The James Hansen fee-and-dividend scheme is then an attempt to promote “the maximum plan that the regime of capital could conceivably attempt.” This, as Foster points out, doesn’t do anything about the other, manifold, flaws of the capitalist system. Foster continues:
Hansen’s climate-change exit strategy thus has definite limitations. Despite its progressive features it is mostly a top-down, elite-based strategy of implementing a carbon tax with the hope that this will spur the introduction of necessary technological changes by corporations.
Yes! The rich will save us! Let’s hope and pray that the capitalists will go along with this scheme, and that they will fork over the money necessary to change their favorite system to a cleaner, greener one. Yeah right.The real problem is that the current system of political economy, capitalism, isn’t really designed for the sort of major change in its energy infrastructure (never mind its relationship with Earth’s ecosystems) which will be required if we are to (in Naomi Klein’s words) “save the climate.” Actually, capitalism is built for eco-destruction in a wide variety of areas, from chemical pollution to plastic pollution to species extinction. Climate change is the only one that receives any publicity — except, of course, in Florida and a number of other states, where the appropriate officials are not allowed to talk about it. (Future generations will not recall those officials fondly.)
Capitalism is in fact inherently eco-destructive. The capitalists regard nature as mere “natural resources” productive of “raw materials” — they are compelled by their fetish of commodity value to ignore nature as (as Jason W. Moore pointed out) “historically variant webs of life.” Moore again:
Capital’s dynamism turns on the exhaustion of the very webs of life necessary to sustain accumulation; the history of capitalism has been one of recurrent frontier movements to overcome that exhaustion, through the appropriation of nature‟s free gifts hitherto beyond capital’s reach.
What has bailed out the capitalists so far, what has kept them from seeing the eco-destruction of their ways for centuries, now, is that the frontiers of capital accumulation have been pushed back from time to time by industrial revolutions. But industrial revolutions no longer facilitate the “green” expansion of commodity value like they used to do. This is why I argued that alternative energy will not save capitalism late last year.You know, a few decades down the road, people aren’t really going to care a lot about our excuses, especially after much of the Earth becomes unsuitable for agriculture. It’s already happening in California.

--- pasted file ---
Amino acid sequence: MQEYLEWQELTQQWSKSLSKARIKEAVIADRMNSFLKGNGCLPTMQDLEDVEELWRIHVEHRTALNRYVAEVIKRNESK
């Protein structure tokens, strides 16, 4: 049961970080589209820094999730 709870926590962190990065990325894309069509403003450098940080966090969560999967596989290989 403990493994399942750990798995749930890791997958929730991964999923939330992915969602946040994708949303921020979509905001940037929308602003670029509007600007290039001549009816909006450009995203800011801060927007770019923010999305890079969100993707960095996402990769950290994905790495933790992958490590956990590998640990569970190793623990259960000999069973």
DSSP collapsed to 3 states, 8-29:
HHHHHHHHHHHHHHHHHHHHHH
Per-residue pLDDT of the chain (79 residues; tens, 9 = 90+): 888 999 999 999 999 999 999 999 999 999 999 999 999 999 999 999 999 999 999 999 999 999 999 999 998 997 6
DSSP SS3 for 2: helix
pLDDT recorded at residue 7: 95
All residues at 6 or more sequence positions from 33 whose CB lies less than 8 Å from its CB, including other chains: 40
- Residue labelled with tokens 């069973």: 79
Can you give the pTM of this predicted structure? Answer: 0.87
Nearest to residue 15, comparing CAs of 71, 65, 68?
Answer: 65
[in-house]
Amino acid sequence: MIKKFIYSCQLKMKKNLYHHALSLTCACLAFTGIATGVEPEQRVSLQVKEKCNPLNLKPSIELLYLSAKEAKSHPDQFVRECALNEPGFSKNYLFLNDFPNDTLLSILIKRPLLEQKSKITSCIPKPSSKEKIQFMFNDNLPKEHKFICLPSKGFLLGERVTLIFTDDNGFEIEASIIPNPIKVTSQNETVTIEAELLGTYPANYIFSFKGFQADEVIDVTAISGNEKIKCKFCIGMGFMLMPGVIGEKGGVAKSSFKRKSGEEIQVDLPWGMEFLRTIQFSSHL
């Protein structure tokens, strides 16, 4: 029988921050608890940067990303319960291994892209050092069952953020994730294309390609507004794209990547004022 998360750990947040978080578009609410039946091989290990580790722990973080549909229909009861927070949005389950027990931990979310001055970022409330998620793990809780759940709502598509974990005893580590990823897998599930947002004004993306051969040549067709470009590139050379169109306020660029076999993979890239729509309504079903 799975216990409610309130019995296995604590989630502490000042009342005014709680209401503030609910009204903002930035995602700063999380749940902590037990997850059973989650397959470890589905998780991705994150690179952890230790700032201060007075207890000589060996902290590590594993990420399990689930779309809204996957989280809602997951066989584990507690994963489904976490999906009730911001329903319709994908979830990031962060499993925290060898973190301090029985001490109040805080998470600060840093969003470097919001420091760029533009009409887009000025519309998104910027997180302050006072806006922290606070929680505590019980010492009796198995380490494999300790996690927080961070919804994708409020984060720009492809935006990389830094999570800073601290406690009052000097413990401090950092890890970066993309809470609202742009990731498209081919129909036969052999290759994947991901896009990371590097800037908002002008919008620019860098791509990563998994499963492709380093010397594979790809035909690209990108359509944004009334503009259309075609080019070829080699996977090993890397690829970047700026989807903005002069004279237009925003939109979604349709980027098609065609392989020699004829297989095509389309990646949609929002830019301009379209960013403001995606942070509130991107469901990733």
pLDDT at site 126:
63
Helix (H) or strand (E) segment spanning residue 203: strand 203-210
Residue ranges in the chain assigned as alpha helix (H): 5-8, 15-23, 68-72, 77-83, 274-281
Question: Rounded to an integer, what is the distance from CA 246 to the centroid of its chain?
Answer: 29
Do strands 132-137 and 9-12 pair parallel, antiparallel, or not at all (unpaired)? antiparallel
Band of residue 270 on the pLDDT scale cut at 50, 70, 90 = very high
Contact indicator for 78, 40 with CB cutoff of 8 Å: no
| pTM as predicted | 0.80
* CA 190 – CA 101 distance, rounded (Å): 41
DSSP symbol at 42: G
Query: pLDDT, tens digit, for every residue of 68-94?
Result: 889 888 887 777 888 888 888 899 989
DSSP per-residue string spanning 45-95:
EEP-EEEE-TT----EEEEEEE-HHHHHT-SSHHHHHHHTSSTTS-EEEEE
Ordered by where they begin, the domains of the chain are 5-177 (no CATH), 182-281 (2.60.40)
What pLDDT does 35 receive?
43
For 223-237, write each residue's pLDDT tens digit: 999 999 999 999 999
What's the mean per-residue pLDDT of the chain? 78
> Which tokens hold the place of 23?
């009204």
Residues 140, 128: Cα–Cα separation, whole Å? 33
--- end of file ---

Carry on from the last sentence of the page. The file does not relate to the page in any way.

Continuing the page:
Eventually the truth will break through to schoolchildren now trapped in school systems obsessed with what students think, rather than if they think at all. This is because, true to the ways of capitalism, the school systems have become another cash cow. When civilization loses its basis in agriculture, nobody’s going to care if today’s students pass the endless array of reading and writing and math tests to which they’re now exposed. Nor will future generations care about the present-day commodity value of Pearson stock options. America just has to stop hiding from the connection between capitalism and climate change, and start getting the kids involved in their own real-world futures, and that’s all there is to it.
“Power conceded nothing without a demand. It never has, and it never will.” – Frederick Douglass
As a superior option, I suggest we start with Naomi Klein’s most recent book as a starting point. Klein’s suggested measure for climate change mitigation, outlined in her book This Changes Everything, is of a different stripe. First off, Klein points to the world’s social movements as agencies for “saving the climate” — thus no supplication to capitalist power will be necessary. Secondly, Klein suggests a strategy for bringing the world’s social movements together around climate change as a cause. Lastly, Klein suggests a transformative future capable of “saving the climate,” unlike the present, which doesn’t seem to move sufficiently to address the problem (as I’ve shown above).
I’ve devoted space to a discussion of Klein’s book in other diaries. (Also this recommended diary.) Let it just be said, here, that it’s time we listened to movement-oriented solutions to climate change, because the rich and powerful are not going to “save the climate” for us.